By Julia Gorin, reposted on 1389 Blog
NOTE: I’ve bumped this blog up from yesterday, with a new headline, as I’d gotten The Ledger’s day of publication wrong. It’s today. So An abridged version of the article below now appears at Connecticut Jewish Ledger.
On November 4th in Toronto, Haifa University conferred an honorary doctorate degree in philosophy on Jason Kenney, Canada’s immigration minister.
Pro-Israel people certainly have reason to be fans of Prime Minister Stephen Harper’s government and specifically of Mr. Kenney, who in March condemned Israel Apartheid Week, saying “The organizers of Israel Apartheid Week use the cover of academic freedom to demonize and delegitimize the State of Israel…This week runs contrary to Canadian values of tolerance, mutual respect, and understanding.”
Nonetheless, Mr. Kenney should give the pro-Israel community some pause. He has called WWII Croatian Archbishop Aloysius Stepinac “one of the great heroes of the 20th Century.” On his desk he keeps “a prayer card with a picture of Cardinal Stepinac, who was himself a kind of martyr for Croatia and the faith,” Kenney told a Croatian delegation gathered in 2009.
As those who don’t ignore history are aware, Stepinac oversaw the first successful genocide of WWII — that of Jews, Serbs and Roma in Croatia — which was a precursor to the wider Holocaust. His lobbying in 1941 on behalf of a group of arrested priests agitating for a fascist coup in Yugoslavia led directly to the rise of Croatia’s WWII Ustasha regime, headed by the nationalist-terrorist leader whom the group of priests was involved with, Fuehrer Ante Pavelic. The crimes committed by the Ustashas against Orthodox Serbs in particular were so brutal in their crudeness and relish that German officials complained to Berlin. Photos of Stepinac blessing Ustasha soldiers before slaughters are still viewable today.
Even if, as his champions argue, Stepinac later came to dislike Pavelic (whom he had blessed and presented to Pius XII), one cannot first help bring about the darkness and then claim heroic status for saving a few of the Jewish and Orthodox victims he helped create. This is why Yad Vashem has repeatedly turned down requests to grant Stepinac “Righteous” status.
Unfortunately, nothing prevented Pope John Paul II from callously beatifying the man, ignoring the protests by relatives of the victims, and a request by the Simon Wiesenthal Center to hold off. Stepinac himself may not have been a “monster” as Pavelic was, but he was what one would call “a company man” who went along, in the interest of creating a Catholic Croatia. With full knowledge not only that conversions were taking place at gunpoint, but that the clergy under him were themselves active participants in atrocities and mass murders. His criminality was more substantive than technical, careful as he was to leave history no smoking gun.
Could Haifa University really be unaware of Mr. Kenney’s admiration for the blesser of Jew- and Orthodox-killers? Or has it never been introduced to the name Stepinac?
At a November 2010 meeting with Croatian community representatives, Kenney said that Prime Minister Harper “paid his respects at the tomb of Cardinal Stepinac, which I have done myself, and that was an acknowledgement of Canada’s understanding of the sacrifices of those who stood for their faith, for their country, during those dark decades. And Cardinal Stepinac was of course a principal voice of contradiction — as John Paul II would have said — who really represented the spirit of the Croatian people.”
Kenney was referring to the dark decades of Communism, and he described Croatia’s ambitions in purely “national aspiration” terms, which the people were being “denied” by socialist Yugoslavia. Never mind the swastikas and Ustasha symbols and street names that were going up all over Croatia when it finally did start asserting those aspirations in 1991, and the official downgrading of non-Croats to third-class citizens, not to mention the handful of actual, exiled WWII Ustasha officials being brought back into government.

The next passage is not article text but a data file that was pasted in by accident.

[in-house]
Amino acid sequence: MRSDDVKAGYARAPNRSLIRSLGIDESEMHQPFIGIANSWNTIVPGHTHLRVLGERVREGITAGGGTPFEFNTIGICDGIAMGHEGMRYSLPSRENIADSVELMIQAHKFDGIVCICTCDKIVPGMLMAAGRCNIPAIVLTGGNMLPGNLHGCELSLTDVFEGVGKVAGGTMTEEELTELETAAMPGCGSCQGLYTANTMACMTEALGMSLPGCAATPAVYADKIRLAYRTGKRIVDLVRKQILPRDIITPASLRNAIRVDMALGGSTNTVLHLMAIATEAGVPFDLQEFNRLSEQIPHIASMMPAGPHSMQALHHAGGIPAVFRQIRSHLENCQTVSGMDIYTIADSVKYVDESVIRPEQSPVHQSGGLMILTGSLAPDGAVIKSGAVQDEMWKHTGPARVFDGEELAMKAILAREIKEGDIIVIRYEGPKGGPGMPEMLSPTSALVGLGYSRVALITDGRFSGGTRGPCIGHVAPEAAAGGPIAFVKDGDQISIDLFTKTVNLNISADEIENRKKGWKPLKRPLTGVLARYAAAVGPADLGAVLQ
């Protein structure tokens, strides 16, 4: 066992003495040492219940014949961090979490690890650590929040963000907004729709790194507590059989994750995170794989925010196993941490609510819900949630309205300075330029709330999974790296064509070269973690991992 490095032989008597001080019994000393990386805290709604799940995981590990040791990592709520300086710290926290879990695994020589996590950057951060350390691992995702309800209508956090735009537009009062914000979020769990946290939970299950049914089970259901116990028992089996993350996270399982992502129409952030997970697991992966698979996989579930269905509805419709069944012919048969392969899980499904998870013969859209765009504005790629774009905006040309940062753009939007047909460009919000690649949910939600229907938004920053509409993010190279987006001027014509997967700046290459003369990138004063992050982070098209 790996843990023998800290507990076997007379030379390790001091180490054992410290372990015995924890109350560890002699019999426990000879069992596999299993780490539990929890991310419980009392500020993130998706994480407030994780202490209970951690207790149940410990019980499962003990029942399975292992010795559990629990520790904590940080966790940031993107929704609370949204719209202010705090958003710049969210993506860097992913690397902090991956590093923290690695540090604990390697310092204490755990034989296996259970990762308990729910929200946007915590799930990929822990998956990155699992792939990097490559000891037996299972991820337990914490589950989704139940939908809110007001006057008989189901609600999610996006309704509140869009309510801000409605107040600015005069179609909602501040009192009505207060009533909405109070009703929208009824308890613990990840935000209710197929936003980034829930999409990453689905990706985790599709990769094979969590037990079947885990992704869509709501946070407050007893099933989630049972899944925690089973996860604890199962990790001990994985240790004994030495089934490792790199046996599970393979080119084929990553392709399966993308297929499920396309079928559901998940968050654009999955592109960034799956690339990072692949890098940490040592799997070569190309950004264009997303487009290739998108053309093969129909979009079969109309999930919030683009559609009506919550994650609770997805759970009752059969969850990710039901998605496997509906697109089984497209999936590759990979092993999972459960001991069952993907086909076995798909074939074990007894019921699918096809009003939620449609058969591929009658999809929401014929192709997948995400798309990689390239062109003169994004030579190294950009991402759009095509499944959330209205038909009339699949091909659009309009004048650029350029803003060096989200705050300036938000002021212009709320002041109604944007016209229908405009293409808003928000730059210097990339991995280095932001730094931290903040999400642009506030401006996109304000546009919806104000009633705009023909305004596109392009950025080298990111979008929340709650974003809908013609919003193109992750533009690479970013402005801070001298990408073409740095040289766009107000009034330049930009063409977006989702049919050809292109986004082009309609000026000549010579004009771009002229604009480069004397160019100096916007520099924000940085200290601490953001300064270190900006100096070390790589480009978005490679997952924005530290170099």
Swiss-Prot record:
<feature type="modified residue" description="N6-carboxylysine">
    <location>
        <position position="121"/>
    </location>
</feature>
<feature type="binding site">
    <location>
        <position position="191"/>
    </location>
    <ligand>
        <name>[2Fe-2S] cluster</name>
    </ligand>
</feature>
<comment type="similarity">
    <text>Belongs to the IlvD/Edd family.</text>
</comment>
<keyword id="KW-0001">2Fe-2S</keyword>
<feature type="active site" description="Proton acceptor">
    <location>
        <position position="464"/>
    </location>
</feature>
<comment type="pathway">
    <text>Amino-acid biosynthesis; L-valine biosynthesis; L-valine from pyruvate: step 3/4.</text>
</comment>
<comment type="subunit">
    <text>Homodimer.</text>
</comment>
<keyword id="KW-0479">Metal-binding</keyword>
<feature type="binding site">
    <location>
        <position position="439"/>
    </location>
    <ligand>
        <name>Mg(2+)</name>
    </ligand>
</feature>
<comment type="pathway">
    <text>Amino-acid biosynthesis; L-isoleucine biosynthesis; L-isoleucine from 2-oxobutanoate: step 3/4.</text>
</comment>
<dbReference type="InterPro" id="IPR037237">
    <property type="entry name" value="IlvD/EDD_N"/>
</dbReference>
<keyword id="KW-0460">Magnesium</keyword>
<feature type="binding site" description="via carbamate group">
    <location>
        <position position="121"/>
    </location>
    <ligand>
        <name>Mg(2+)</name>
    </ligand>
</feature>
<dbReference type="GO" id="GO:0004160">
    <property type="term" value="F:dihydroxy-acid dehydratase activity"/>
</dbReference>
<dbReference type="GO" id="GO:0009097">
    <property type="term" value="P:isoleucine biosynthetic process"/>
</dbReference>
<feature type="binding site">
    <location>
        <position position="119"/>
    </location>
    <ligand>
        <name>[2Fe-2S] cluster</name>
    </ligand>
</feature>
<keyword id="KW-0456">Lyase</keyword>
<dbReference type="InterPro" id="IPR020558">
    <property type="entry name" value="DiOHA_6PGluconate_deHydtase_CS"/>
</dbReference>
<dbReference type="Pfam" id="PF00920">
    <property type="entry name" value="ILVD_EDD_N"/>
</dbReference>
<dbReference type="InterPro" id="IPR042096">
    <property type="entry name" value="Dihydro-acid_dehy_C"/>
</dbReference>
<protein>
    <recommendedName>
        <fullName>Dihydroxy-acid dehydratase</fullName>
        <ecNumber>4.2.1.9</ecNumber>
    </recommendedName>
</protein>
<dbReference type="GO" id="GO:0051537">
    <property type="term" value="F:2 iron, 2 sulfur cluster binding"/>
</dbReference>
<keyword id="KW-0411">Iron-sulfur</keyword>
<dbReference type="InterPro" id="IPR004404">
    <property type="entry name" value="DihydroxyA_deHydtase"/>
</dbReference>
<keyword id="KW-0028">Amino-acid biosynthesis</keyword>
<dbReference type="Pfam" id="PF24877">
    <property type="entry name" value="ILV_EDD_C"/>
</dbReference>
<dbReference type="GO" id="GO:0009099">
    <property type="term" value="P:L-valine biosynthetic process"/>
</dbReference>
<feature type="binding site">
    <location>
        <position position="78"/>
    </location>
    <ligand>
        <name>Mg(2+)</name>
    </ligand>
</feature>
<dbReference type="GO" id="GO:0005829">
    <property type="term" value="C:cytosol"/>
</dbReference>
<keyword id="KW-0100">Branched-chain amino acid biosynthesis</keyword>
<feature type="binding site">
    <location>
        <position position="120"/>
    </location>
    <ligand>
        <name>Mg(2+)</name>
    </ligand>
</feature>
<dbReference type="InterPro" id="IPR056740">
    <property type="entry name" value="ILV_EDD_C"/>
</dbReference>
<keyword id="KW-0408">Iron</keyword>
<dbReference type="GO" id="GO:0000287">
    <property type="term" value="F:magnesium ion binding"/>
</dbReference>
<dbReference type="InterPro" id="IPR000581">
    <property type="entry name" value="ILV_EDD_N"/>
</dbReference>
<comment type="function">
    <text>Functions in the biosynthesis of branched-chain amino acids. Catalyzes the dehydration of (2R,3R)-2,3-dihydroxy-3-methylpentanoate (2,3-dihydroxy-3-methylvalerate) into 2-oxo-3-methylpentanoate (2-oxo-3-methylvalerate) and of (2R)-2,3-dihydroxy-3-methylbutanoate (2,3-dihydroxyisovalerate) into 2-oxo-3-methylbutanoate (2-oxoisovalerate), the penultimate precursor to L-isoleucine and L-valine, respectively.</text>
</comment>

It seems Mr. Kenney’s Stepinac clock only started at Communism, and ignores WWII. So he wouldn’t have a very deep understanding of the 1991-95 war, which was a direct pick-up from the latter. It follows, then, that he would place “Canada’s” solidarity with Catholic Croatia over the Orthodox Serbs it cleansed (twice), and that Stepinac — painted innocently as a mere “enemy of Communism” — would be his hero. But the fact is that it was originally Stepinac’s aversion to Communism (understandable especially for a religious man) which caused him to help usher in Fascism.
While Stepinac’s war crimes prosecution did have a Communist agenda underlying it, the sentence was surprisingly mild (coming from forces that Kenney refers to in such sinister tones without devoting the same attention to the more ruthless clerical fascism that preceded them): Stepinac was allowed to live, and was sentenced ultimately to house arrest, as opposed to being summarily executed as was standard practice for Tito’s Serb enemies.
Canada’s conservative government has been singular in its support of Israel, and Kenney recently signed the Ottawa Protocol on Combating Antisemitism, upon which he stated, according to Canadian Friends of Haifa University: “In Nazi Germany the Jews were stripped of citizenship, denied their natural rights, and their very right to exist was called into question.”
This is exactly what happened to the Orthodox Serbs (and the Jews) in WWII Croatia, under Stepinac’s watchful eye. It is inconsistent for Kenney to be for Jews, and to be for someone who brought about their demise. Regardless, being pro-Jewish is not a license to be pro-anti-Orthodox.
Kenney told the group of Croats gathered at the November 2010 meeting that the 2009 lifting of visa restrictions (after heavy Croatian lobbying) was a show of Canadian solidarity with Croatia. Canada Border Services Agency warned of the increased possibility of war criminals trying to escape to Canada, pointing out that Croatia had “passed an amnesty law in 1996 affecting approximately 14,000 people who had been involved in armed aggression and conflict,” according to Canadian Press of July 15, 2009. “Amnesty International noted in its 2009 report that ‘there was a continuing failure to investigate war crimes committed by the Croatian army and police force.’”